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O-Zone Late Night: Jaguars 17, Bears 16

CHICAGO – For a long, long time on Sunday it appeared the Jaguars had no chance.

Then came the fourth quarter – and a Jaguars team that struggled offensively for three quarters suddenly scored 17 points and left Soldier Field with a 17-16 victory. Whodathunkit?

Was it pretty? No. Was it a classic? No. But it was a victory that the Jaguars oh-so-needed. It was a season-saver. Maybe it was a perception-changer.

Whatever it was, they'll take it. And we'll discuss it.

Let's get to it …

Ryan from Charlotte, NC:
If A-Rob holds on to that touchdown against Green Bay and the Ravens don't block that kick this team would be 4-1. Team's getting better.
John: This indeed is one way to look at it. Quite honestly in the wake of that game Sunday I don't know exactly how to define where this team stands right now. Are the Jaguars the team that won the fourth quarter Sunday 17-3? Are they the team that looked so bad for three quarters that you wondered if they would score? The reality is the Jaguars are a combination of both. But the biggest reality is they're 2-3 after five games. They won a game they probably should have lost Sunday. They won it on the road. They came from behind to do it. They did it with a big defensive stop. So, is the team getting better? Yes. Does it have to keep getting better? Yes. However you feel about them they're 2-3 and still very much alive – and that's what counts the most through five games.
Jensen from Nacogdoches, TX:
How does this get fixed?
John: The winning part?
Gary from Jacksonville Beach:
I almost didn't care if the Jaguars won that game or not, Zone. That was so bad for so long it really makes me wonder about this team.
John: You know what? This is a fair point. Yes, the Jaguars rallied late Sunday – and yes, they showed impressive life considering how poorly they played for three quarters. They absolutely must get credit for that because it felt for a long time like this was going to be some awfully memorable shutout loss. Why did the Jaguars play so poorly for so long in a game that had the chance to turn their season around? Why did they play like this coming out of the bye? Those are legitimate, bothersome questions – questions that need to get solved this week.
Chris from Jacksonville:
That first interception does not belong to Bortles. That was a good, low, goal-line ball that should have been caught. #BackoffBortles
John: You're right. There was nothing wrong with the first-quarter pass that turned into a Bears interception. Allen Robinson had the ball on his chest and hands and it bounced into the air. It should have been a touchdown and was most definitely not Bortles' fault.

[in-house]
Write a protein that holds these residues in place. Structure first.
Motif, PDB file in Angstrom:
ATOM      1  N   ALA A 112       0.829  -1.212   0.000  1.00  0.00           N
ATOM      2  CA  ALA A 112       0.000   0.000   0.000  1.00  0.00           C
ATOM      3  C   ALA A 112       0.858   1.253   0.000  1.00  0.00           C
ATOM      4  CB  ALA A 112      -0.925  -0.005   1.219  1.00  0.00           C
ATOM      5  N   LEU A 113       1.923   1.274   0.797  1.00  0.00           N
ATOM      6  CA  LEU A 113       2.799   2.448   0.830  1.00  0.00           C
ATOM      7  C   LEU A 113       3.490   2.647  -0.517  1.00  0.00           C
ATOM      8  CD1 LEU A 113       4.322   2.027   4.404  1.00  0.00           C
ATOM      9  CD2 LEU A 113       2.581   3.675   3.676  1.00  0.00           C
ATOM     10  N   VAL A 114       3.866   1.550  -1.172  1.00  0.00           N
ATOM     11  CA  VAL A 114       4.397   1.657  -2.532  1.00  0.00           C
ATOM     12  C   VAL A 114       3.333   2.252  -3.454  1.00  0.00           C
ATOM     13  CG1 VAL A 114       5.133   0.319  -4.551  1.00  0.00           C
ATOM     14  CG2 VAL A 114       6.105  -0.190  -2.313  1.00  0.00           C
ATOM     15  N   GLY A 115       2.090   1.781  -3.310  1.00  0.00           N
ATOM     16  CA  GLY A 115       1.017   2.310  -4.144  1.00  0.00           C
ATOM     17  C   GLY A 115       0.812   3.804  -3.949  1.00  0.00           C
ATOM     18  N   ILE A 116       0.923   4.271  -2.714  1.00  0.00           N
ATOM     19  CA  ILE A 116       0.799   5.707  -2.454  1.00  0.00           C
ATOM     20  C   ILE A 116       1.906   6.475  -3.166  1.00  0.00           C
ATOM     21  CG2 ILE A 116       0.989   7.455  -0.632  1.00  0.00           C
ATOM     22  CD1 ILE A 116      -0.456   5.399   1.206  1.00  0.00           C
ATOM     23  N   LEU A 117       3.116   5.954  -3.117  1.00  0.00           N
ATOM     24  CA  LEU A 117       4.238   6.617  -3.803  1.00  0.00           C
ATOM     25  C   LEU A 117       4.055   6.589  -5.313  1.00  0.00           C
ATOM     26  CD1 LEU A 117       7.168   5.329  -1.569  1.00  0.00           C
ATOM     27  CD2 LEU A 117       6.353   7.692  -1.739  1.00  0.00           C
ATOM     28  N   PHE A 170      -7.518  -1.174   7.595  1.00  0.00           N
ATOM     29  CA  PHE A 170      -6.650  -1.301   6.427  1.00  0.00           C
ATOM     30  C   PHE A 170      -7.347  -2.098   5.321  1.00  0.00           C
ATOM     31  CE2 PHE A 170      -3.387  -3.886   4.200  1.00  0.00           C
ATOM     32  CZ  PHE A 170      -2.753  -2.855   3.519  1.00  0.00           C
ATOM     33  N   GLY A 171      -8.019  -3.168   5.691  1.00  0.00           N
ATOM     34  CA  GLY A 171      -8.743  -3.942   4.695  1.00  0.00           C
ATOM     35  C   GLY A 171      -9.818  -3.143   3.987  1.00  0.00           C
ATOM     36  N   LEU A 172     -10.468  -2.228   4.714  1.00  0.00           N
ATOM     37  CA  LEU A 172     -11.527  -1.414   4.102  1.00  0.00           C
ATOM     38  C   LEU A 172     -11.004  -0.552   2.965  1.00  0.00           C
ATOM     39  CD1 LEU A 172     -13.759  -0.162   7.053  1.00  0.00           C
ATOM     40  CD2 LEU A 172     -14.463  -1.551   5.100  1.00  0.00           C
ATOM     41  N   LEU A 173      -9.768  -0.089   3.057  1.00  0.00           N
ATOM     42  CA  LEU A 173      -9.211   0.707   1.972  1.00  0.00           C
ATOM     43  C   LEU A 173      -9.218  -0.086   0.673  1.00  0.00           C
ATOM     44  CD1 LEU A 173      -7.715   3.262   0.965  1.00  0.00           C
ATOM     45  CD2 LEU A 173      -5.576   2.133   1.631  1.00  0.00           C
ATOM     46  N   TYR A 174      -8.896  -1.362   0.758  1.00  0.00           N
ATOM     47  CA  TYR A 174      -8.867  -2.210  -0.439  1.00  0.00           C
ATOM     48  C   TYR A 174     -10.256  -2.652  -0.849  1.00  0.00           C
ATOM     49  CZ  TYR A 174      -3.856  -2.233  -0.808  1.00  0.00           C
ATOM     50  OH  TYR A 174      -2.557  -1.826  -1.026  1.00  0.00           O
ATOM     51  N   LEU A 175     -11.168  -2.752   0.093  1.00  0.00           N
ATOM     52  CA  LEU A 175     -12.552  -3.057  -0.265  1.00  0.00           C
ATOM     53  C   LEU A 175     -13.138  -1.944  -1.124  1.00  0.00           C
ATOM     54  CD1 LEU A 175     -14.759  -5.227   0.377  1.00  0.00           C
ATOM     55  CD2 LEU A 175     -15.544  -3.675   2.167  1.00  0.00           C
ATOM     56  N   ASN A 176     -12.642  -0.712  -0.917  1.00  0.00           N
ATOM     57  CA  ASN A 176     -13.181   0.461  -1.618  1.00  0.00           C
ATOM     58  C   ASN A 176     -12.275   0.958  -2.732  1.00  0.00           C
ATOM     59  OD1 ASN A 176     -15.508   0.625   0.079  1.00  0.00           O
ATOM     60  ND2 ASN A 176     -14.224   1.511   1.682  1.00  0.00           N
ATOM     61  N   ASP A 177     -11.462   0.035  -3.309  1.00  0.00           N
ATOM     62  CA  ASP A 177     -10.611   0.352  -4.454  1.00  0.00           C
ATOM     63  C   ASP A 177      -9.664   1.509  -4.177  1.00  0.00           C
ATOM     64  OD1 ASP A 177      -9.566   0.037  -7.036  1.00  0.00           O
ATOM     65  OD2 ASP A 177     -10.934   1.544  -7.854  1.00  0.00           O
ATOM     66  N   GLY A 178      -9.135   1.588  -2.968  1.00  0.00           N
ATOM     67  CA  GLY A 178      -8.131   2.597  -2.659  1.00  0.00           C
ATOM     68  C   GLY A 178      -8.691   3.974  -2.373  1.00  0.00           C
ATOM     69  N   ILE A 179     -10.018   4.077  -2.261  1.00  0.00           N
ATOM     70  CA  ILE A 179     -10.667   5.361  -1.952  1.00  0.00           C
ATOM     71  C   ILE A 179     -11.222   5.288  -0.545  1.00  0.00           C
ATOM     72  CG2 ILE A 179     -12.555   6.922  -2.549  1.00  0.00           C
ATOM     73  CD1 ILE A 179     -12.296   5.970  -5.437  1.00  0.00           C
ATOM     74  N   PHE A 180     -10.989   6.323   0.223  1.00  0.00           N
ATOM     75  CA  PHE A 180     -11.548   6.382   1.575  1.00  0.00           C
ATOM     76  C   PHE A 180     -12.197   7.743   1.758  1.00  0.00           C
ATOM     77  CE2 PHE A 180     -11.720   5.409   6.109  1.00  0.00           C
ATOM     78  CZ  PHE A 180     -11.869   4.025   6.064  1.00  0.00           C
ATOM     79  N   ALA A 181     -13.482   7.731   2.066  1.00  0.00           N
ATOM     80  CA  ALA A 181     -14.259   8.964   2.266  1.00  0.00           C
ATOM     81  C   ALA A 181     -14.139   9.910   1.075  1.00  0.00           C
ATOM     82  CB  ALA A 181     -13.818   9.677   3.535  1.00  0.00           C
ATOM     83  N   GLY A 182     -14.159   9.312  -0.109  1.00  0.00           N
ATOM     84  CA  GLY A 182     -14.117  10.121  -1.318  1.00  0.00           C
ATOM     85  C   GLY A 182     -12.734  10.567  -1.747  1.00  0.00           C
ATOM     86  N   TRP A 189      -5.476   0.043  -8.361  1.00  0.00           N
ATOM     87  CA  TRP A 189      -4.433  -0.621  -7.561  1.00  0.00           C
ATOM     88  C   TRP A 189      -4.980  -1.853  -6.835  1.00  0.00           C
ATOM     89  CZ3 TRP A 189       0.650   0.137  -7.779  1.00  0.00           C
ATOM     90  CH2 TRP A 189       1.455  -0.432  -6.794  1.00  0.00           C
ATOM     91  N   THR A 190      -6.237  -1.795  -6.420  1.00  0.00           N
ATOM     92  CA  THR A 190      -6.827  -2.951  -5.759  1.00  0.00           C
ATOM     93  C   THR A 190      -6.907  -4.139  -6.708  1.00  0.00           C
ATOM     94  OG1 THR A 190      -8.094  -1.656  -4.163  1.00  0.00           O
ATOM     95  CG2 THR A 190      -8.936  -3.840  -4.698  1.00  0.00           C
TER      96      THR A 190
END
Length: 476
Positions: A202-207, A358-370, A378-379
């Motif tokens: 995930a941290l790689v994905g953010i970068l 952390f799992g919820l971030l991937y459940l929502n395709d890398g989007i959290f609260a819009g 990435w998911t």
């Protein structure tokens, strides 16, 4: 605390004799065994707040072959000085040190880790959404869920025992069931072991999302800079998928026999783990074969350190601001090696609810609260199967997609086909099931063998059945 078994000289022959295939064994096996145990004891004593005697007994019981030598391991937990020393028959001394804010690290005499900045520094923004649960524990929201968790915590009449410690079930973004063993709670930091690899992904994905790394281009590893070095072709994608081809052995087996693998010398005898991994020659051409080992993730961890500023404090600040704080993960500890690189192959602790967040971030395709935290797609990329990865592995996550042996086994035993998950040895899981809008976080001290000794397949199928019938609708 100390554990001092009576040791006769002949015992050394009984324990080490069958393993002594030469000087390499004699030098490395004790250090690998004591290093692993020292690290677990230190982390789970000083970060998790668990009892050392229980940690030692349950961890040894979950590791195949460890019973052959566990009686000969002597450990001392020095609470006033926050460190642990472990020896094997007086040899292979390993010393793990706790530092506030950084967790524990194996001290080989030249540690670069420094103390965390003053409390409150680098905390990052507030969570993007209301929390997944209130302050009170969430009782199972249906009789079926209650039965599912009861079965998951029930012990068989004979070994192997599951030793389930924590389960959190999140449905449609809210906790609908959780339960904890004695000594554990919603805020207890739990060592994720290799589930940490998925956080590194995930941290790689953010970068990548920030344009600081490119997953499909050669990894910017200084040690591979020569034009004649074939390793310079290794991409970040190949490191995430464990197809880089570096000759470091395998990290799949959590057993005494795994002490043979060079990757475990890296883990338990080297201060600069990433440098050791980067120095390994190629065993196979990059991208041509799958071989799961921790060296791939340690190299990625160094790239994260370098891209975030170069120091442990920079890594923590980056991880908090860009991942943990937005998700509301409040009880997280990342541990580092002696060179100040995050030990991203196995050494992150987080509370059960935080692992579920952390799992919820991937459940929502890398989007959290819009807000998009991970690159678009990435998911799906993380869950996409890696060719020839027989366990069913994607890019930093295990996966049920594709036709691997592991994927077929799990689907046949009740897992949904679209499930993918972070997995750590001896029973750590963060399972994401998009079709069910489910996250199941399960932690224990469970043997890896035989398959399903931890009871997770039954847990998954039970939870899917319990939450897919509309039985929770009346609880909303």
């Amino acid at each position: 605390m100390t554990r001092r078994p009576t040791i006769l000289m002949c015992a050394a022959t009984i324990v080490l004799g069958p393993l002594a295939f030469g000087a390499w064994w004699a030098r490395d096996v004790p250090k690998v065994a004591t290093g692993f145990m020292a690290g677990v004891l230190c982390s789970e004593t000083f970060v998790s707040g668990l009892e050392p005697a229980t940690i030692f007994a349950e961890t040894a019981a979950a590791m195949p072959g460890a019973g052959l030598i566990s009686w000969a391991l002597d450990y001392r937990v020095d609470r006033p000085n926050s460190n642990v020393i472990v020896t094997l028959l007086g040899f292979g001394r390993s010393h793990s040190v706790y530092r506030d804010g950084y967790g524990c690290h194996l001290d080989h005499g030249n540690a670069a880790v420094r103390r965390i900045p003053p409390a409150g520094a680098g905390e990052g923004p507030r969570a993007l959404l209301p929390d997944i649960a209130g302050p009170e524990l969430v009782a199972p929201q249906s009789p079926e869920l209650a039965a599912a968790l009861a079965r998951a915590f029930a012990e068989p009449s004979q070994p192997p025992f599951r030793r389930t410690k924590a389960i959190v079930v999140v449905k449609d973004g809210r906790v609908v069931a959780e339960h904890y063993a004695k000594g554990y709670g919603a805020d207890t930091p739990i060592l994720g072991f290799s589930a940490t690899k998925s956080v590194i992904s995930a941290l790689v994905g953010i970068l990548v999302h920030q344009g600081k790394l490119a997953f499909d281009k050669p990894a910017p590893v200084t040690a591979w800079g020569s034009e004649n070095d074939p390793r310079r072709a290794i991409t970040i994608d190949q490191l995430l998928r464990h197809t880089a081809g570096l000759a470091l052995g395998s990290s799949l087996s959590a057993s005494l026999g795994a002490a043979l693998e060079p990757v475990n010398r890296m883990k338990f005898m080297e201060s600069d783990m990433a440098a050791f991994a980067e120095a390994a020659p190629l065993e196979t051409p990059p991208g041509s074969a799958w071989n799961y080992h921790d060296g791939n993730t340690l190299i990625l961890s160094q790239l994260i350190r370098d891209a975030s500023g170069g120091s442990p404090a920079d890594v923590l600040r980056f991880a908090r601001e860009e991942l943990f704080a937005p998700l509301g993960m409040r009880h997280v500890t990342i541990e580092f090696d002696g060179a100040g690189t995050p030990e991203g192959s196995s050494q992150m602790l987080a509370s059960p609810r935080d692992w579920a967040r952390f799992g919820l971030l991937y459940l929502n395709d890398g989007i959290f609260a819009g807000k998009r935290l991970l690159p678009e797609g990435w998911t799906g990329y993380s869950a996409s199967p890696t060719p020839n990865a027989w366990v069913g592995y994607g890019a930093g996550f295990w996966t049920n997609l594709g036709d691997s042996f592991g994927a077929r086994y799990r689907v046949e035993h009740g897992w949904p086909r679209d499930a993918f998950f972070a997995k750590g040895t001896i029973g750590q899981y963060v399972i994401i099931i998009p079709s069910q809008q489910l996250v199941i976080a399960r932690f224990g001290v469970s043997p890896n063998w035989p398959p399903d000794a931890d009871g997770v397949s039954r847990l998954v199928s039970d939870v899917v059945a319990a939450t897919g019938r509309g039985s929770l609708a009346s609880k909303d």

Joe from Boston, MA:
Wow. These penalties/non-calls. Amiright?
John: There were some calls early that could have gone the Jaguars' way and did not. I would not say that was why the Jaguars fell apart after the early would-be touchdown/interception.
Cade from Jacksonville:
I don't want to be the one who complains here, but you are my outlet for this. What an awful first half. Just, plain awful.
John: Yes.
Henry from Birmingham, AL:
Jalen Ramsey. Wow.
John: Ramsey showed me more in the second half Sunday than he had shown in the first four games of this season – and he had shown a lot in the first four games. He was beaten early and often by Alshon Jeffery in the first half Sunday when shadowing the Pro Bowl receiver all over the field. He kept shadowing Jeffery in the second half and limited him to one reception for three yards. Ramsey also made the game-clinching breakup on the Bears' last play. Yes: wow.
Keith from Palatka, FL:
Second and goal from the one-foot line and you don't run the ball. You cannot say with a straight face that is failure to execute. That is coaching, John. Only a complete moron would argue otherwise. Do you suck your elbow most of the day?
John: I would have liked to have seen a running play rather than a fade route to Marcedes Lewis on 2nd-and-goal from the 1 in the first quarter Sunday. I also would have liked to have not seen left tackle Kelvin Beachum commit a false-start penalty and Robinson not drop a would-be touchdown pass. But yes: I really would have liked to have seen a running play on second-and-goal. That was particularly true with Chris Ivory in the game. Ivory running worked in the fourth quarter when he scored in a similar situation. In retrospect, I imagine Jaguars coaches would have liked to have seen him running in the second.
Steve from Stevensville, MD:
Not sure how. Not sure why. But I sure as hell know I will take it. Go Jags!
John: This.

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